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Smart Money: If I was Prime Minister

It’s election time, and the political promises are thick. This has me thinking what I would do if I was the Prime Minister.
Prime Minister Justin Trudeau. Photograph By GOVERNMENT OF CANADA

It’s election time, and the political promises are thick. This has me thinking what I would do if I was the Prime Minister.

Bearing in mind that I am not running for office, and I am not letting pragmatism get in the way of this column, including costing any of this out. I am not saying I could do all these things and balance the budget too. Given that, here is what I would do if I was the PM.

I would return the annual Tax Free Saving Account contribution limit to $10,000. Following the 2015 election, the newly elected Liberal government reduced the TFSA contribution limit, calling it a tax loophole for the wealthy. I have never agreed with that position. TFSAs are used by Canadians of all income levels, and the wealthy don’t depend on an incremental increase in TFSA room for their tax planning.

I would make the Registered Education Savings Plan automatic for newborns, and kick the plan off with a $500 education grant to be used for future post-secondary education as a welcome. A lesser-known feature of RESPs is that you don’t need to contribute your own money to benefit from RESP education bonds and provincial grants. The result is that many people who could use the plan are not.

We can solve this by making sure everyone has an RESP, regardless of income level, and I don’t mind kicking in a little taxpayer money to give future students a headstart. An educated workforce is good public policy.

I would look at making the Registered Disability Savings Plan more accessible. RDSPs were announced with great fanfare, but they have never really gained traction.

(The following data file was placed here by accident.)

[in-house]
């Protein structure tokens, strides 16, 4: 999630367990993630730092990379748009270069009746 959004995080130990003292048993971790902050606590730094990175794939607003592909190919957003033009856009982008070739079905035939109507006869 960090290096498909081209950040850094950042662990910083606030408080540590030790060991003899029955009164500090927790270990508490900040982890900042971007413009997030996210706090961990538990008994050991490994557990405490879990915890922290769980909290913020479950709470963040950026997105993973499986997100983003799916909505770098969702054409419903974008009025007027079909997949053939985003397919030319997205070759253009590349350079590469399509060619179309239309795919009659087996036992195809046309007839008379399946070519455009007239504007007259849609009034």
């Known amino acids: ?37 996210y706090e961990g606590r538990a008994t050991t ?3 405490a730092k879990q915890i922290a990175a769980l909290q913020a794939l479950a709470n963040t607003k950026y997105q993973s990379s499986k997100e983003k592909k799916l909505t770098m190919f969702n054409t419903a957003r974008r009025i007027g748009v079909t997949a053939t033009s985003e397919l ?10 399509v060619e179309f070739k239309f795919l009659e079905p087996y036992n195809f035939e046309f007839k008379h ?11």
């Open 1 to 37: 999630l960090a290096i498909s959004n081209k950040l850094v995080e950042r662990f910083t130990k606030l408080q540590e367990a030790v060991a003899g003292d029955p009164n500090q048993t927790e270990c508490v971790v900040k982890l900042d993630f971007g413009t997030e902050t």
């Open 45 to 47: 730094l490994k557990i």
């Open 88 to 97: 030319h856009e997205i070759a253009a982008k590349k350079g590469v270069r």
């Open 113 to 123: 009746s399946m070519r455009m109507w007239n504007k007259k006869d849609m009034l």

The participation rates are low, and I offer the reason for that is that the plans are complicated and the access to the funds is restricted.

I propose making the RDSP more like the RESP; some bonds for all that qualify, and matching grants for those that can afford to save for the future, and reducing the lengthy time period currently needed before funds are available. Disabilities are expensive, helping people to look after themselves is what compassion looks like in real life.

I would initiate a Retirement Accumulation Plan to improve on the Canada Pension Plan. Retirement savings rates across the country are terribly inadequate.

Simply put, if left to their own devices many Canadians choose not to plan for the future, and this puts a terrible strain on the social safety net.

I propose a 6% payroll deduction, but with the option for employees to contribute an additional 5%, with the voluntary portion to be matched dollar for dollar by the federal government. 

Everyone will be saving a little, but there is the encouragement to save a lot, and anyone who took full advantage of this should have confidence that they would not see a drop in their standard of living in retirement.

I would make financial literacy a mandatory part of the high school curriculum. And by financial literacy I don’t mean arcane bits of trivia. I mean practical things, like setting financial goals, knowing how much you will spend in interest costs before you borrow money, and how to protect against financial fraud.

Realistically these ideas would need a lot of work before they could actually be implemented, but they have a common thread; encouraging people to look after themselves. Come to think of it, that actually doesn’t sound like a bad way to run a country.

Brad Brain. CFP, R.F.P., CIM, TEP is a Certified Financial Planner in Fort St John, BC. This material is prepared for general circulation and may not reflect your individual financial circumstances. Brad can be reached at